The LG Tone & Talk can also be installed on your phone and is fairly handy. It lets you to receive voice readouts of text messages and call announcements, along with voice notifications for apps which you can select or deselect as you like. It’s actually pretty cool hearing the latest Facebook post read out to you when you’re travelling, but can get annoying. The app also shows your current battery life and lets you switch between the “normal”, “base”, and “treble” sound modes. It even gives you illustrations of the headset’s functions and even has a link to download the product manual, should you need it.
Connection strength is fantastic. Catching a train every day, there are quite a few other bluetooth and wifi signals around. I’ve never experienced drop outs or interference as I have with other bluetooth headphones in the past. This is something which has been excellent with the all three LG Tone devices I’ve used (HBS-900 LG Tone Infinim, HBS-1100 LG Tone Platinum, and now the Tone Studios).
Connecting two devices at the same time is extremely simple. Connect the first device, then connect the second device. That’s it.
This is a true strength of the LG Tone Studio. Travelling 1.5 hours to work and back on public transport each day, I was looking for something with amazing battery life – and I found it. They lasted just shy of 3 weeks on a single charge, which equates to around 40 hours. Quite a bit over the 35 hour earphone listening time quoted by LG. Using the speaker mode significantly reduces battery life, with LG quote that at 6 hours. Admittedly, I’m yet to run the Tone Studios down purely on speaker mode – simply because the earphone sound quality is so good.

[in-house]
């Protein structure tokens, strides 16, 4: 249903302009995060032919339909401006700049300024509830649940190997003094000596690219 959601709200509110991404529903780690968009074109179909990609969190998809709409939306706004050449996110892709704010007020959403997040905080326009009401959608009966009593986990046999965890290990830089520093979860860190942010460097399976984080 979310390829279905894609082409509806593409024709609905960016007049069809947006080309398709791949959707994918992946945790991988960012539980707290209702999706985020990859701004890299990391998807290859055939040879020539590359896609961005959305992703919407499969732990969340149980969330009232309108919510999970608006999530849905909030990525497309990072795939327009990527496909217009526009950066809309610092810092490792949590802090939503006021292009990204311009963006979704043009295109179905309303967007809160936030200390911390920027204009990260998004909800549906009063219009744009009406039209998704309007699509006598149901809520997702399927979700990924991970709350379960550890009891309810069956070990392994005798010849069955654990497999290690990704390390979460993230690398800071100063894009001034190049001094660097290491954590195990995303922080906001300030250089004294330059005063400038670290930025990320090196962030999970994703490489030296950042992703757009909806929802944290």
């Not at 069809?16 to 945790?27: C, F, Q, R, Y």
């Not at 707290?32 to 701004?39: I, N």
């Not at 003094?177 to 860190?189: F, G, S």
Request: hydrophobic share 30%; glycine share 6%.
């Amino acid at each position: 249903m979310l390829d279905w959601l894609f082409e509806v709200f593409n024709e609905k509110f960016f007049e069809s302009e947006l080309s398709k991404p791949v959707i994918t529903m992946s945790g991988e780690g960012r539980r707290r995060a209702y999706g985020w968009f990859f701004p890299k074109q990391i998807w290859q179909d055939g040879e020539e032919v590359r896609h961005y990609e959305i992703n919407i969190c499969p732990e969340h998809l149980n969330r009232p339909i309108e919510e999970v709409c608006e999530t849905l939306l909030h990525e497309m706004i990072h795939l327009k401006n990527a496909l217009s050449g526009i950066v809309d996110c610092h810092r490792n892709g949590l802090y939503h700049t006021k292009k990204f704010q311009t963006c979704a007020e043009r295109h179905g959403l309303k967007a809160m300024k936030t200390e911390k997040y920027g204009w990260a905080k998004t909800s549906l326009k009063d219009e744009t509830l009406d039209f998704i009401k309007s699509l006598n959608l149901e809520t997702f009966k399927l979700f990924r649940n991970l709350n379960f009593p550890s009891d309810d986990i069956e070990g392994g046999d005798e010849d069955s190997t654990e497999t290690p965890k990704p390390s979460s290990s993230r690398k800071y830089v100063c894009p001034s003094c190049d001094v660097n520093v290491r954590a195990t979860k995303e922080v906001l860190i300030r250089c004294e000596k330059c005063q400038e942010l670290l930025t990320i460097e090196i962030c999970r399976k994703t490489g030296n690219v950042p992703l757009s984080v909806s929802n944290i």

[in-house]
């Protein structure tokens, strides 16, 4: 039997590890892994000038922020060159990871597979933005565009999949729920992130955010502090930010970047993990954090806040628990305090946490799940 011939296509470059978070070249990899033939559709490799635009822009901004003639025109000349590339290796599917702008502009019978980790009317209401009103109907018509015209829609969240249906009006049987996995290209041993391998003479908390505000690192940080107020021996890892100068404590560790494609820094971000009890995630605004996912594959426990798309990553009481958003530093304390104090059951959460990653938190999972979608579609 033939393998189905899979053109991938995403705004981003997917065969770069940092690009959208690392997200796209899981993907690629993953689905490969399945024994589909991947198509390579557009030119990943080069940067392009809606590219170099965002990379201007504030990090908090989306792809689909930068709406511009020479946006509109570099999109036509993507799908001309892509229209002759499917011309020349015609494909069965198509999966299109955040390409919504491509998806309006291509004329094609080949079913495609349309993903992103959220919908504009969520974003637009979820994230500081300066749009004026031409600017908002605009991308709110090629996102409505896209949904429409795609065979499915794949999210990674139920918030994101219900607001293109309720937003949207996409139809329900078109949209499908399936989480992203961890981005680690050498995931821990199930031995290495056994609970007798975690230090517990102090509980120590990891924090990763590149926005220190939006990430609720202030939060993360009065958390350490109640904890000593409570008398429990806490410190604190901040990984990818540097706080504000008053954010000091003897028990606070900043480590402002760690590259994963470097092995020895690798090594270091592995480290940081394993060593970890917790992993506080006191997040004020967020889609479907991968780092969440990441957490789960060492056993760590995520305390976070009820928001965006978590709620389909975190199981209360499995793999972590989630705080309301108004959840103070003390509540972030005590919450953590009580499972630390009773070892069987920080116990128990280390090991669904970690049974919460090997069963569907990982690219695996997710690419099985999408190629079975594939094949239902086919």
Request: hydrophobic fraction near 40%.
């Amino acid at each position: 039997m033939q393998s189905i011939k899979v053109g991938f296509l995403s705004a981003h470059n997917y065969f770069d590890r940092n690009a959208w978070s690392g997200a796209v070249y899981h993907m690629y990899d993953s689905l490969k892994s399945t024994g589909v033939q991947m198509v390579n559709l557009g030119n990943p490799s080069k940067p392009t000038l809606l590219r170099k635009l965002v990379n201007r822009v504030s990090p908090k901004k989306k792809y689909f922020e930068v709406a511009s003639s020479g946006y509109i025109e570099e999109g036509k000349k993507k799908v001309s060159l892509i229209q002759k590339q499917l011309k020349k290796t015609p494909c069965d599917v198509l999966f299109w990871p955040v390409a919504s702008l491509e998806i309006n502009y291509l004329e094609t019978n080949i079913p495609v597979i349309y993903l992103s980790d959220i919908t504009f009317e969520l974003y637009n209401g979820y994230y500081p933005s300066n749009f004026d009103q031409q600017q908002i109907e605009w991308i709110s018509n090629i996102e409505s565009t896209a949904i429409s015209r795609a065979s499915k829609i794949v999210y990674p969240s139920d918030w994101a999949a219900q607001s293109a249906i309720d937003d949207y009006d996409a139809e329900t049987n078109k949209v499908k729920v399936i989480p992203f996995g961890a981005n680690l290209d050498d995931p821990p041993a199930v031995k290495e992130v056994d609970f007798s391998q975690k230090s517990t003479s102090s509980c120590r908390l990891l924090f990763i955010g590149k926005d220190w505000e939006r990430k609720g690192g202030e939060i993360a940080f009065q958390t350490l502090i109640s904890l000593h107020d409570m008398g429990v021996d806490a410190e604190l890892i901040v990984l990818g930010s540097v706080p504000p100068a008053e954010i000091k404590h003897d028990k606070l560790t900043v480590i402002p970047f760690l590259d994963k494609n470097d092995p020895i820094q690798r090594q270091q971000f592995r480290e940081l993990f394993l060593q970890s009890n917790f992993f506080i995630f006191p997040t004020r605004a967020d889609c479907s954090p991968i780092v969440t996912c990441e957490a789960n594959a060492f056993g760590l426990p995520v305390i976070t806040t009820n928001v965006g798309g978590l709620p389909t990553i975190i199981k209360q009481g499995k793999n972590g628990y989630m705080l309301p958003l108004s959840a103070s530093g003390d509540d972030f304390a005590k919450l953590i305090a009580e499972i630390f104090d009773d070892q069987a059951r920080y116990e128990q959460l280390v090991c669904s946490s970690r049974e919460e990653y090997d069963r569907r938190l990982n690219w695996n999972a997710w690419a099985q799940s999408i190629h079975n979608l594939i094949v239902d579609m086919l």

Being a neckband-style pair of earphones, they’re still lightweight, compact and easy to slip into a backpack without taking up half the storage space. The only real negative here is the size of them compared to other, more sleek neckband earphones. Coming from the HBS-910 Tone Platinums, it was a bit of a readjustment. They won’t easily fit under any collar as the Platinums did, but some collars they will. If you’re wearing a jacket, there’s no real issue. But be aware they’ll look a little odd tucking them underneath a jumper. The other solution here is just to wear them over the top of clothing, but again, they are a bigger and more noticeable than other iterations. If you’re the sort of person who doesn’t like having an obvious piece of technology hanging around your neck, you way want to consider a more discrete solution.
Most obviously, the bulk of these will be a problem for some – especially if you have a small neck, or were hoping to hide them underneath a collar. They just don’t maintain the same discrete, lightweight design that the LG Tone series has built itself on.
Strangely, I haven’t been able to get the aux-in cable function working with the earphones. They seem to work fine when switching to the external speakers on the Tone Studios, but sound just doesn’t want to play through the earphones when using aux-in.
This an excellent sounding bluetooth neckband with the added bonus of external speakers which create an effective “sound bubble” that still lets you hear what’s going on around you. The battery life is outstanding and connectivity is simple and maintains a strong connection.
The sheer bulk makes them a feel a little awkward for travel on public transport, but if you’re looking for a bluetooth headset or earbuds to use at home, they’re a definite winner. Personally, I would have liked to see a product with half the size and battery life that were more portable.
Although they’re not the first headphones or neckband earphones to feature external speakers, LG have managed the implementation really well and they feel and sound like a premium product. Unfortunately, being not as “travel-friendly” as previous LG Tone models, they may have a limited audience.
Will you be hunting down where to buy LG’s latest bluetooth earphones innovation? Or waiting for something more travel-friendly with the same, excellent sound quality as the LG Tone Studio?